Monday, May 11, 2009

Key to the Deadlock

Deadlock is a curious situation. The whole universe is caught in a state of an intriguing impasse. Nothing is really happening. Nothing of consequense, that is. Yes, there are terrible things happening, like the massacre in Sri Lanka, but if one looks closely, this is a stage in deadlock where one contending faction has made a manoeuvre and the other is going to respond soon to neutralize it. And by factions I don't mean Sri Lankan Army and the LTTE. In old-fashioned terms, in T.S. Eliot's words

The world turns and the world changes,
But one thing does not change.
In all of my years, one thing does not change,
However you disguise it, this thing does not change:
The perpetual struggle of Good and Evil

There is a fight of principles. Each has a bag of good and evil mixed, out of which they hurl the sin-stained clusters of their innocence on the other. A lot is happening in Nepal, Pakistan, the general election in India too and far off three ladies (four, if you count his mother, or some failed love affair) have pushed the success of one man in South Africa. But is there a breakthrough in sight? There is a seeming movement though. People are wanting to get married. Houses are being bought. A friend is graduating in the USA. Another one is going for poetry reading in Europe, despite the fact that poetry makes nothing happen. Now the latter phrase is W.H. Auden's who was a 'committed' poet himself and wrote that line to commemorate another 'committed' poet (W.B. Yeats). Poetry does not break the deadlock. Poetry, in fact, is the mainstay of any deadlock, promising deliverance, yet not delivering on the promise. It is the opium of the aesthete. It gives hope. It defers the fruit of that hope. Yet in this janus-faced relationship with deadlock and hope, poetry performs a useful function. It helps survive in the deadlock, in the eye of the storm. Auden comes to mind again as in his "Musée des Beaux Arts", he highlights the co-existence of suffering and indifference, the deadlock of apathy and tragedy. This record, this recognition compels endurance, the grandest virtue for this age. There are few things possible, perhaps, only in poetry.

It's 11 May today and by sheer coincidence I chanced upon this little gemstone of a poem by Joel, which, incidentally, he wrote on this very day many years ago, when 'existentialism' was in vogue and people typed not on computer (which means I exercised my editorial discretion while italicizing "can" and "may" at the end).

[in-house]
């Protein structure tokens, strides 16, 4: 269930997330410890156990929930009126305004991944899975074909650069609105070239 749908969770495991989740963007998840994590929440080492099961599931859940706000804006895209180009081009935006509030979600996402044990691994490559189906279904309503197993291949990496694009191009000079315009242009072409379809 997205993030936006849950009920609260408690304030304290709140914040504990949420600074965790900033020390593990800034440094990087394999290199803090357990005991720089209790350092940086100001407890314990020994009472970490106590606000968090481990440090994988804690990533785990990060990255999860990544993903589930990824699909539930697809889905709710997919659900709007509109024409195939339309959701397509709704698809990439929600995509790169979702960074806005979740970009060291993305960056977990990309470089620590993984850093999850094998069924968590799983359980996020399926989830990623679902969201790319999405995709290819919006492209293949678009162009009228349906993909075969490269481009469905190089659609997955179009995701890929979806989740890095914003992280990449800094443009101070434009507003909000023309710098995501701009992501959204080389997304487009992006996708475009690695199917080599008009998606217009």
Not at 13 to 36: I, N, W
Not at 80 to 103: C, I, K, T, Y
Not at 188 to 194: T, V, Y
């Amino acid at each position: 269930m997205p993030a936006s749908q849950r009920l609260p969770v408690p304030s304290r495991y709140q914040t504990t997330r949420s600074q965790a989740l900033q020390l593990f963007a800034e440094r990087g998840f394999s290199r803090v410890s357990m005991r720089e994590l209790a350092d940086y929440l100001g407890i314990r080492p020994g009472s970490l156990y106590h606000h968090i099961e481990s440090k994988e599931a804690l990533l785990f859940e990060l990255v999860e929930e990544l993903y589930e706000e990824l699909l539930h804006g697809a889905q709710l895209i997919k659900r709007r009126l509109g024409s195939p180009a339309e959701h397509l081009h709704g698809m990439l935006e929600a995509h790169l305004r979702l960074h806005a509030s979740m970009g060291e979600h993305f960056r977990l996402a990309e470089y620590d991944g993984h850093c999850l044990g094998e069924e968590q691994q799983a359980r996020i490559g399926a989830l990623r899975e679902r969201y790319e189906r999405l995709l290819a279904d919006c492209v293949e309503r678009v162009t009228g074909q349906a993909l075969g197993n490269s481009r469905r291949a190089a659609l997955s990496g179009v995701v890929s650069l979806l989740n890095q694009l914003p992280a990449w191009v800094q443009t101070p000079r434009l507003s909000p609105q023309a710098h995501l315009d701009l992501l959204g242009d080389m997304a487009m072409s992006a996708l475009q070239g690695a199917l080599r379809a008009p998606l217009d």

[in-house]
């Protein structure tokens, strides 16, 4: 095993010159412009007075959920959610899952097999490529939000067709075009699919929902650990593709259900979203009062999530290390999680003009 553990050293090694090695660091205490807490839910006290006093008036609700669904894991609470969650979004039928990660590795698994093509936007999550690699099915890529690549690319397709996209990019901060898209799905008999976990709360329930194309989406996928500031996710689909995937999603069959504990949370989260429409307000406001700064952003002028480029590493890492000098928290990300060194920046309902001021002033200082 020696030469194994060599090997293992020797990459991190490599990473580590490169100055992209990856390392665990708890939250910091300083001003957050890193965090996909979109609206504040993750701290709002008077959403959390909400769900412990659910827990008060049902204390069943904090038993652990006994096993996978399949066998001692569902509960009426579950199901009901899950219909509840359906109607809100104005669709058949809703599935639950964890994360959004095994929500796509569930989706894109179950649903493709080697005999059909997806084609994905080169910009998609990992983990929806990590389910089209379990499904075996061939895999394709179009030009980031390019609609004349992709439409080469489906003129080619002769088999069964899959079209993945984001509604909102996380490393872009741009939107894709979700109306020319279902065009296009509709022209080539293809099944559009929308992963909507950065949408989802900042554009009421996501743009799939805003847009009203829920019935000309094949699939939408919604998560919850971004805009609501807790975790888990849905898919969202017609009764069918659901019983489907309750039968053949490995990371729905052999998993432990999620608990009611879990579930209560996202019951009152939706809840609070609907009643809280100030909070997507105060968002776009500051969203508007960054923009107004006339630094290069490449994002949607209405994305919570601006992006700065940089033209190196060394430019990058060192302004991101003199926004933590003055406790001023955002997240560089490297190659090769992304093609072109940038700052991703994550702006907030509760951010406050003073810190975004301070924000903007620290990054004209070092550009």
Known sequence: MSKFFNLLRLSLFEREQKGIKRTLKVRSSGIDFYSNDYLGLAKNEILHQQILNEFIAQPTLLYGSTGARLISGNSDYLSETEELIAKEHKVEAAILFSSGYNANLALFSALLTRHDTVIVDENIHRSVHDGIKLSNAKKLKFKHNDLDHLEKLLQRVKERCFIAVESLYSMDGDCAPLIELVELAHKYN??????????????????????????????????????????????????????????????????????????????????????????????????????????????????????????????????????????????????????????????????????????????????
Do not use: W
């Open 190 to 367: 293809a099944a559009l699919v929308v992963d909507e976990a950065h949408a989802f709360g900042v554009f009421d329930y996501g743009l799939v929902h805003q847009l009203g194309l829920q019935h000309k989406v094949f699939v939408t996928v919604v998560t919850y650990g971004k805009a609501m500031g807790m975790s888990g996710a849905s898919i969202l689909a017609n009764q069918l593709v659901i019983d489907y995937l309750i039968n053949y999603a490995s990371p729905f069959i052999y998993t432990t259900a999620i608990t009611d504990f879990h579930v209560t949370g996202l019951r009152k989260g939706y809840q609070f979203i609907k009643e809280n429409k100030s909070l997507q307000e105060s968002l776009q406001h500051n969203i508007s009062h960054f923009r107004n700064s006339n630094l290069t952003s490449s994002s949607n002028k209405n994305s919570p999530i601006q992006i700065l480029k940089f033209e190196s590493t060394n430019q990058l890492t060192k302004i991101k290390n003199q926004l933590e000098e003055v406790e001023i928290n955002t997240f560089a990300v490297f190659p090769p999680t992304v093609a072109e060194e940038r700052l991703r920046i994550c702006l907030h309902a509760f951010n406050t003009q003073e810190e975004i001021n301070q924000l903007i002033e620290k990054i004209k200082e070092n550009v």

Always, of course
One chooses: the eternal
Curse of the blessing of free will.

One may praise
If one wants to,
One may not die
If one wants to

One always can
But not always may

© Joel V David


mayuri said...

Sometimes when it feels nothing is really hapenning and feel stuck in an impasse, it may help to pray, " Lord lift 'up' my eyes that I may see"...things may simply be out of our preview rather than static. Many prophets in the Bible underwent intense impasses but other side of it, God was still at work. Its sure not only Prophets in today's world that experience it alike, we all do from time to time and lemme share that whenever I am in one :), I have found refuge in the knowledge and faith that God who is LOVE, is still at work even in 21st century ( battle btw evil and good has only increased) for He said, " I will never turn my back on you" and His "mercy triumphs over judgement"...On our part its fantastic to call on Him unceazing and keep His ways and then He promises to deliver...

satyapal said...

I did comment on this today... but where has this gone...?
Well, i liked reading this very much... indeed, a treat. Beautiful prose...
And invoking poetry and poets... this makes it special.. quoting Eliot, Auden and Joe...
Above all the Deadlock... the struggle between good and evil...
So it never ends... even in the age of computer ...
And this comes from India and in English language, this is important as well...
So, poetry has a hope for itself to survive... if it is continued to be viewed like it has been here...
Deadlock, struggle and hope... this is the crux of this piece... Infact, this is a struggle and hope itself... Is not it...?
I would like to read more of this... and more of the good poetry and poets quoted...
Live on...